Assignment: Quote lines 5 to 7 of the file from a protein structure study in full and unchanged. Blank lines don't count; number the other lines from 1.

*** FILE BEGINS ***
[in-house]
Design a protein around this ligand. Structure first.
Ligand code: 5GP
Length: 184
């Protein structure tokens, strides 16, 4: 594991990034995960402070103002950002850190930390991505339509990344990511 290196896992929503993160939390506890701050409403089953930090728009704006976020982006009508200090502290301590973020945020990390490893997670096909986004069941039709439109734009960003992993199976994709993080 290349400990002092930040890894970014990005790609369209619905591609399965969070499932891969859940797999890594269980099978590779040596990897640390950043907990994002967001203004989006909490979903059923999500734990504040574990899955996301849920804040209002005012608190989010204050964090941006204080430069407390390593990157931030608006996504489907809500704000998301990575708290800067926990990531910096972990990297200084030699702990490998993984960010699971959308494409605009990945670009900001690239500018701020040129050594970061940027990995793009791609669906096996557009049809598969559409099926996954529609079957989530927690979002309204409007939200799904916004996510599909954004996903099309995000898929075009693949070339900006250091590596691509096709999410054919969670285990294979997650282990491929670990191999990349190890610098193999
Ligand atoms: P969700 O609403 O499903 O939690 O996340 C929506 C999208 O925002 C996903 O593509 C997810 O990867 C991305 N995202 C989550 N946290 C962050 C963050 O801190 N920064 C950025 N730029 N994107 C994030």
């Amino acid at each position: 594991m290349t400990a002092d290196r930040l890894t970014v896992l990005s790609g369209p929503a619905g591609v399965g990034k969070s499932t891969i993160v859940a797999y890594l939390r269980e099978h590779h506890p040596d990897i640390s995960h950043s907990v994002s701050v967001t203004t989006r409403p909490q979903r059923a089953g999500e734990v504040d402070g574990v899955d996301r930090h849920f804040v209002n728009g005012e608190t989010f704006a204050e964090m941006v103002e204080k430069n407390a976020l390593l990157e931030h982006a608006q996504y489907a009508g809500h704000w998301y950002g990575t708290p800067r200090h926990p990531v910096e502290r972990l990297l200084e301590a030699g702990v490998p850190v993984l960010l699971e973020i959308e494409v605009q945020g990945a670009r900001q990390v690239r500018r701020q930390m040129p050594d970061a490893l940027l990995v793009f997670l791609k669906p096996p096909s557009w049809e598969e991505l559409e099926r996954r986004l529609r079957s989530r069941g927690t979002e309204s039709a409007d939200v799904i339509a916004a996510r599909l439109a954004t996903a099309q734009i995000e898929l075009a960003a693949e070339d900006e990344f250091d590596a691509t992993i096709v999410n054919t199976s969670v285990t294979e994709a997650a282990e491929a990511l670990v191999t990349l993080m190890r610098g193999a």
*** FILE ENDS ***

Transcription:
């Protein structure tokens, strides 16, 4: 594991990034995960402070103002950002850190930390991505339509990344990511 290196896992929503993160939390506890701050409403089953930090728009704006976020982006009508200090502290301590973020945020990390490893997670096909986004069941039709439109734009960003992993199976994709993080 290349400990002092930040890894970014990005790609369209619905591609399965969070499932891969859940797999890594269980099978590779040596990897640390950043907990994002967001203004989006909490979903059923999500734990504040574990899955996301849920804040209002005012608190989010204050964090941006204080430069407390390593990157931030608006996504489907809500704000998301990575708290800067926990990531910096972990990297200084030699702990490998993984960010699971959308494409605009990945670009900001690239500018701020040129050594970061940027990995793009791609669906096996557009049809598969559409099926996954529609079957989530927690979002309204409007939200799904916004996510599909954004996903099309995000898929075009693949070339900006250091590596691509096709999410054919969670285990294979997650282990491929670990191999990349190890610098193999
Ligand atoms: P969700 O609403 O499903 O939690 O996340 C929506 C999208 O925002 C996903 O593509 C997810 O990867 C991305 N995202 C989550 N946290 C962050 C963050 O801190 N920064 C950025 N730029 N994107 C994030």
């Amino acid at each position: 594991m290349t400990a002092d290196r930040l890894t970014v896992l990005s790609g369209p929503a619905g591609v399965g990034k969070s499932t891969i993160v859940a797999y890594l939390r269980e099978h590779h506890p040596d990897i640390s995960h950043s907990v994002s701050v967001t203004t989006r409403p909490q979903r059923a089953g999500e734990v504040d402070g574990v899955d996301r930090h849920f804040v209002n728009g005012e608190t989010f704006a204050e964090m941006v103002e204080k430069n407390a976020l390593l990157e931030h982006a608006q996504y489907a009508g809500h704000w998301y950002g990575t708290p800067r200090h926990p990531v910096e502290r972990l990297l200084e301590a030699g702990v490998p850190v993984l960010l699971e973020i959308e494409v605009q945020g990945a670009r900001q990390v690239r500018r701020q930390m040129p050594d970061a490893l940027l990995v793009f997670l791609k669906p096996p096909s557009w049809e598969e991505l559409e099926r996954r986004l529609r079957s989530r069941g927690t979002e309204s039709a409007d939200v799904i339509a916004a996510r599909l439109a954004t996903a099309q734009i995000e898929l075009a960003a693949e070339d900006e990344f250091d590596a691509t992993i096709v999410n054919t199976s969670v285990t294979e994709a997650a282990e491929a990511l670990v191999t990349l993080m190890r610098g193999a």